“I use quite little of energy, asI live in a wooden house and I live alone. --- It [energy saving] is reflected in all actions. --- I have LED bulbs, which everyone now has. [Other times] I light a few candles and then I am in dark. However, I have my own sauna, so I use 10,000 kWh a year, sometimes less, and I heat all the water myself and have electric heating, then it really isn´t a lot. I monitor my consumption online a couple of times per month, or at least when the electricity bill comes. My house is 150 years old and it could be made a little more energy efficient if you had the money. --- People living in wooden houses understand it, they are used to having woolen socks on their feet. I keep it rather cold here where I live. There is 18-19 [degrees] on the meter." (Detached house inhabitant, electric heating, Turku)

“I live in a relatively old [built in the 50s] house with original insulation, so getting this insulation and thus saving --- has been calculated many times over and it would be so expensive that I rather buy electricity directly with that money and I make some small repairs. I´m content with [less consumption and] cool [temperature]. That's what it has been. And of course, when electricity has been the main form of heating, I have been able to continue with firewood.--- More than half of the house is heated with wood, as a form of support it [wood heating] is considerable, so when I´m able to continue moving around it saves good amounts every year." (Detached house inhabitant, electric and wood heating, Jämsänkoski)

“I keep track of that [oil price], frankly every day. That market price when it´s sold, and that purchase price when it’s bought. --- I write the electricity meter number down once a week. I write down all my consumption once a week. ” (Detached house inhabitant, oil heating, Paimio)

“We are a two-person household, we don’t have many ways how to save anymore. We cannot do miracles. In connection with the kitchen renovation, all appliances were replaced for energy efficient ones. --- Life teaches, over the years it [many things] has been learned. I have always been interested in energy." (Detached house inhabitant, geothermal, Harjavalta)

“We regulate the temperature pretty carefully, then there’s a wood fireplace that heats up. We know how to be thrift [with the wood usage]. --- When you are retired, your income is not high, you have to think carefully about where to put your money”. (Detached house inhabitant, oil, outdoor heat pump and wood heating, Mikkeli region)

“[We live in] an old house. We removed the sawdust insolation as we know it does not warm up [the house]. We have insulated, replaced windows, coated surfaces. While it has been a basic upgrade, it has also signified energy savings for us: the heat doesn´t escape and we received smalled heating bills. Yes, we often wonder what further options there would be. The baking oven is on, it heats up the house every other day. A heat pump is such an expensive investment that it doesn’t even come to mind. And with the current electricity prices, it wouldn´t even come to mind using it for heating.” (Detached house inhabitant, wood and electric heating, Pohjola)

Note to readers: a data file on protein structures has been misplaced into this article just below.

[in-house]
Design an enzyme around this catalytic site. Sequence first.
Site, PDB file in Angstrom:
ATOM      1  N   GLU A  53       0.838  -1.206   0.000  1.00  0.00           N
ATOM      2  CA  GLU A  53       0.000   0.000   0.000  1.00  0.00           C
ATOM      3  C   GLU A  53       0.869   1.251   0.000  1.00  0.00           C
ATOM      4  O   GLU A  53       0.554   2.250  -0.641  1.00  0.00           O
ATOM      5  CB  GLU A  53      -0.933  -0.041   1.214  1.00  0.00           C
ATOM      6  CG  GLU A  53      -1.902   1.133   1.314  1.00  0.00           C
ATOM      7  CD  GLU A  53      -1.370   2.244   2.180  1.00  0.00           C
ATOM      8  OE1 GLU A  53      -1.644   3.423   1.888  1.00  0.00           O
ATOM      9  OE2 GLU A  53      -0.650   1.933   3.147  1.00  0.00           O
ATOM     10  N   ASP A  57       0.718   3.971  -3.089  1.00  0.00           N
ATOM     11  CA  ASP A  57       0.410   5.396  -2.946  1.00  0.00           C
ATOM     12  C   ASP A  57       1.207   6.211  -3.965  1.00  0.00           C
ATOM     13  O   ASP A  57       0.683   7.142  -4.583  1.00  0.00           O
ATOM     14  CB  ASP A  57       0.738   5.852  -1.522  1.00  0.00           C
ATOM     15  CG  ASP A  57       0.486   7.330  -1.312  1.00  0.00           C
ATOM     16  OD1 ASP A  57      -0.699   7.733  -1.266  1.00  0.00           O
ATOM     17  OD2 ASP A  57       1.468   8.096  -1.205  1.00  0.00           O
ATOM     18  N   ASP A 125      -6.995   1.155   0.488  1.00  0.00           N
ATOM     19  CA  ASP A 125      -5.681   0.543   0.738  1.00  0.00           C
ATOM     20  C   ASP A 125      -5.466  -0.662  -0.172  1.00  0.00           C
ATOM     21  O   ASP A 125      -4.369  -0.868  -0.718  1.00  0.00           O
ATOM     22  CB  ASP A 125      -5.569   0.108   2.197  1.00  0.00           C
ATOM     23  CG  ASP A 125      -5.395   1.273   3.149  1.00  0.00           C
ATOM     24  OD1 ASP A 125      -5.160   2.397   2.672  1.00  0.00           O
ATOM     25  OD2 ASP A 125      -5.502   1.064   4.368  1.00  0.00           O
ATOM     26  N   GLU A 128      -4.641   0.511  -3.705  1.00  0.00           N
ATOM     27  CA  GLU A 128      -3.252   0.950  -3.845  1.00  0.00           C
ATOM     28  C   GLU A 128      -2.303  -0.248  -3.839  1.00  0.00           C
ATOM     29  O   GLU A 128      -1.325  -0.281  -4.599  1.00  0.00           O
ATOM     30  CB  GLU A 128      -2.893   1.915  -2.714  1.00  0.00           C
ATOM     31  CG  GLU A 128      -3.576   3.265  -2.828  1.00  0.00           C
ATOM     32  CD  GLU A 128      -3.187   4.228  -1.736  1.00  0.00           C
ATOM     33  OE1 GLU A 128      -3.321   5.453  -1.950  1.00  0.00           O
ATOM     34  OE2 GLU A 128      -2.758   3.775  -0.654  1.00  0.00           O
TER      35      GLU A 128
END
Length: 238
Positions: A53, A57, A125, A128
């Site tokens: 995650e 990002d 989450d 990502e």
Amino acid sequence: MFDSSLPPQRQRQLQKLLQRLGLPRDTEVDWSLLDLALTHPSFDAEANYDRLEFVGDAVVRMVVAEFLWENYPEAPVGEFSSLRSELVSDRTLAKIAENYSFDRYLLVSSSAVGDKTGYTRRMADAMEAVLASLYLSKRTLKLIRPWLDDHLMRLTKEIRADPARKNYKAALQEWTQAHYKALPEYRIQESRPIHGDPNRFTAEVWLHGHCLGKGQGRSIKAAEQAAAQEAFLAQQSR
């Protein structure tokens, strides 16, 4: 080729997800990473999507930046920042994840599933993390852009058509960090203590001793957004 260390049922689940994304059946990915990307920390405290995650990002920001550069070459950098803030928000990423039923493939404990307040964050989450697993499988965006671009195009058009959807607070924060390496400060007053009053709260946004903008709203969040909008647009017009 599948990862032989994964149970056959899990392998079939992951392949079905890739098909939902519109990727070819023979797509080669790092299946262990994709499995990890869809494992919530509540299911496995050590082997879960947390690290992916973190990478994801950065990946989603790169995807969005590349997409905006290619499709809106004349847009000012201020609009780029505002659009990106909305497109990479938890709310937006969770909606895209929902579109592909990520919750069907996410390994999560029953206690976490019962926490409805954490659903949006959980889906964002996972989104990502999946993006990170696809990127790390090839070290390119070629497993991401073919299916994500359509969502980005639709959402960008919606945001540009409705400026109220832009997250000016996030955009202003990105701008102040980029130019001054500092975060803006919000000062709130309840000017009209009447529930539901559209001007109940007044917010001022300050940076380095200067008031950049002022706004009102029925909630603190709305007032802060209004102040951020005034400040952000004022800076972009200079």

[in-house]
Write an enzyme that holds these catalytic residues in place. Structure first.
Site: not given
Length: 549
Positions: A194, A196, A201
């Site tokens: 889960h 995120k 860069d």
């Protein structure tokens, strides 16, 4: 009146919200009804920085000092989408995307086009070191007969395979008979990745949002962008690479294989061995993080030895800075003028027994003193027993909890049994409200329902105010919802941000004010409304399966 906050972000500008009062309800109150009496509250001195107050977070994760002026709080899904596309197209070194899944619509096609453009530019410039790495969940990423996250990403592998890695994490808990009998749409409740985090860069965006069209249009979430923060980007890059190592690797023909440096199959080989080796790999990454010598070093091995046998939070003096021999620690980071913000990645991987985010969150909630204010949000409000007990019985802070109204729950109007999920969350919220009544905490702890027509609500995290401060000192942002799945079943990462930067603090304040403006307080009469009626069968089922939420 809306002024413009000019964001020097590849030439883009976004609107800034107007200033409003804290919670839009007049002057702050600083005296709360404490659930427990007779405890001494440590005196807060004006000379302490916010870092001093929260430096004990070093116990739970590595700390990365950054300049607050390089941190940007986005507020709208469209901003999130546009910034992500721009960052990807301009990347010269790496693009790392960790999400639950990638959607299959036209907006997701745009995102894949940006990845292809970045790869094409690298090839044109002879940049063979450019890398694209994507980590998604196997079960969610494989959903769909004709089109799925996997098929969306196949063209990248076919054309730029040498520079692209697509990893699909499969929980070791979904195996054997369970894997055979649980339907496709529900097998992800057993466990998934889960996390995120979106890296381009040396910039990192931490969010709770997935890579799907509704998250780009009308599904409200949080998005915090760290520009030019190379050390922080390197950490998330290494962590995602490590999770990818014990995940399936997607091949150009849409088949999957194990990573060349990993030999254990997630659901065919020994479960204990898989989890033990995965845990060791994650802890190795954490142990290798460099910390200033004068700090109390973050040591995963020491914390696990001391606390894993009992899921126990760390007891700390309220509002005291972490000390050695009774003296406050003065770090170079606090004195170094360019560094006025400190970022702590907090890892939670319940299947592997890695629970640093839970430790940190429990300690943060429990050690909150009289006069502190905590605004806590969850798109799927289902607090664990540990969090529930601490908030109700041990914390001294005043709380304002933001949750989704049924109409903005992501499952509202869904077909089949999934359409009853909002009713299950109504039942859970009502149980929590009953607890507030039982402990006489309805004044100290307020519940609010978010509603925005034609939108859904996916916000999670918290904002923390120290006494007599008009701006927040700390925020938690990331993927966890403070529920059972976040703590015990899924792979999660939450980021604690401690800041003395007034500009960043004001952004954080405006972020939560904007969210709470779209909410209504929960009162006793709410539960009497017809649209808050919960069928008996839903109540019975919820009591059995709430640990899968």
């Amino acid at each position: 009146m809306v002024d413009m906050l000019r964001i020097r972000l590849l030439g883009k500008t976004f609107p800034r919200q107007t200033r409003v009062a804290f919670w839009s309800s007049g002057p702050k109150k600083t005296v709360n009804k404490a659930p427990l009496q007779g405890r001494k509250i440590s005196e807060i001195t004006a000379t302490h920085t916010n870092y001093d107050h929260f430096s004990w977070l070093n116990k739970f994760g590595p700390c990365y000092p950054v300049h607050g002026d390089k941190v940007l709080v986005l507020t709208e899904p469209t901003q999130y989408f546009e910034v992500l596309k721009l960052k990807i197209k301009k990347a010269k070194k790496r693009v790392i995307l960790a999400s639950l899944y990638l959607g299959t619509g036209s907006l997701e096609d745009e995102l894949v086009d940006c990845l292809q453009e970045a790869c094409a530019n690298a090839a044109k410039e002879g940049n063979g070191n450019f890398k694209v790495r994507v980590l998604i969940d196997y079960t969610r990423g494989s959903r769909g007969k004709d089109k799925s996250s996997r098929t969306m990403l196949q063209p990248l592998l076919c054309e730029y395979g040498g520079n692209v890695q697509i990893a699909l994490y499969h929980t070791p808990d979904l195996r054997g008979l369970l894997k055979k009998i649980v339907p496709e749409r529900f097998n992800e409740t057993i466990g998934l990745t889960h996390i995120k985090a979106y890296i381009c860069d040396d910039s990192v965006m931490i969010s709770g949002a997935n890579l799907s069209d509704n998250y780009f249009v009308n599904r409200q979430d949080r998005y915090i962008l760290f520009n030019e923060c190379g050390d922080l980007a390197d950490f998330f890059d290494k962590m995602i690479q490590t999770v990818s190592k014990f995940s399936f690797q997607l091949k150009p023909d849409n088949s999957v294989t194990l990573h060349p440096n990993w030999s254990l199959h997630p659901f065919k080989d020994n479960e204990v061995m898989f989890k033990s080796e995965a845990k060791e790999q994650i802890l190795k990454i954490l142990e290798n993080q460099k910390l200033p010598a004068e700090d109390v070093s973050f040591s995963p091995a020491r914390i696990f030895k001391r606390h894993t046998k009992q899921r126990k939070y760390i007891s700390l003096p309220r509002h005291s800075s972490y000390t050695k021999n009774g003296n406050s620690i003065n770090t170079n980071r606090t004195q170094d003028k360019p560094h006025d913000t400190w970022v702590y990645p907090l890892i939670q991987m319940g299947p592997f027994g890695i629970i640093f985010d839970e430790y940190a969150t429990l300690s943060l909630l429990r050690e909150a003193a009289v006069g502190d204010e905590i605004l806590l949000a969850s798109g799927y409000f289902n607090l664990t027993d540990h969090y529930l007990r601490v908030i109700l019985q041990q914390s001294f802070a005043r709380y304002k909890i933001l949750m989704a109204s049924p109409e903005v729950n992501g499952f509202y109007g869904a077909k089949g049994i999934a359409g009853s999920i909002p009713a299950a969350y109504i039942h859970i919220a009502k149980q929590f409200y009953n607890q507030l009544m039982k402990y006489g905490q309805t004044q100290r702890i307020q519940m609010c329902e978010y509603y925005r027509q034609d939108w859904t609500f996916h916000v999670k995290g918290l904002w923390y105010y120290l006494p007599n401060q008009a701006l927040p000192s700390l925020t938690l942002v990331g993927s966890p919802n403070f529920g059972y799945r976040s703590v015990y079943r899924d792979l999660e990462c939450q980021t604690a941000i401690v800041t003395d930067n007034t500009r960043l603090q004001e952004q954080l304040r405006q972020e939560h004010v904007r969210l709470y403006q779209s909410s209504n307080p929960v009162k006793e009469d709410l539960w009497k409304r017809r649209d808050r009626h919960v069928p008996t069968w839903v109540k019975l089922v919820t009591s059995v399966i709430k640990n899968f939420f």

“I already had LED bulbs in the 90s. I have less than 1,000 kWh [monthly electricity] consumption, at best less than 800 kWh, while the average is 1,500 kWh for people living alone. --- We are already at the level that you really need to know exactly, if you want to know where to save.” (Apartment building inhabitant, district heating, Kuopio)

“A lot happened through those light bulb exchanges [to more energy efficient ones]. Then also through living in the dark and reading newspapers with a headlight. And through not using yard lights, neither indoor lights. They cannot be used if you want to save electricity. We have around 12 yard lights because we live in countryside and it is really dark here; at this time of the year there is no snow either so you see nothing without lights. But they cannot be used, or we don't dare to use them. However, for safety reasons, they are kept on with a motion sensor because there are bears, wolves and lynxes wandering around here.” (Detached house inhabitant, electric and wood heating, Pieksämäki)

“I have done everything to save in energy expenses, but unfortunately I cannot shift to geothermal heating [from oil and wood heating] because I cannot afford the related high investment costs. I have reduced electricity consumption and use LED lighting. The indoor temperature is kept below 20 degrees, at the expense of our comfort; we keep the energy costs moderate. I have tried to look at the different energy offerings because the prices are extortionate.” (Detached house inhabitant, oil and wood heating, [does not tell the place])

“When I moved into this house in 1978, the first year’s oil consumption was 4,400 liters. That's where I started [saving energy]. During the first year, we changed to radiators. Then we replaced the oil boiler and its electronic controller. At the same time, we increased roof insulation. In the 90s, a renovation was made, replacing the windows with triple glazing. In 2017, 25 centimeters of cellulose wool was added as additional roof insulation. The front door was replaced. Now we're in a situation where our oil consumption is 2,150 liters. --- Now it starts to be pretty hard [to figure out from where to save anymore]. It would then be the geothermal next, but the cost is so significant. ” (Detached house inhabitant, oil heating, Lieksa)

 

[1] Laura Oja, Anu Vaahtera, Iivo Vehviläinen, Sanna Ahvenharju ja Laura Hakala (2013). Selvitys energiaköyhyydestä—Kotitalouksien energiakustannukset. Ympäristöministerö.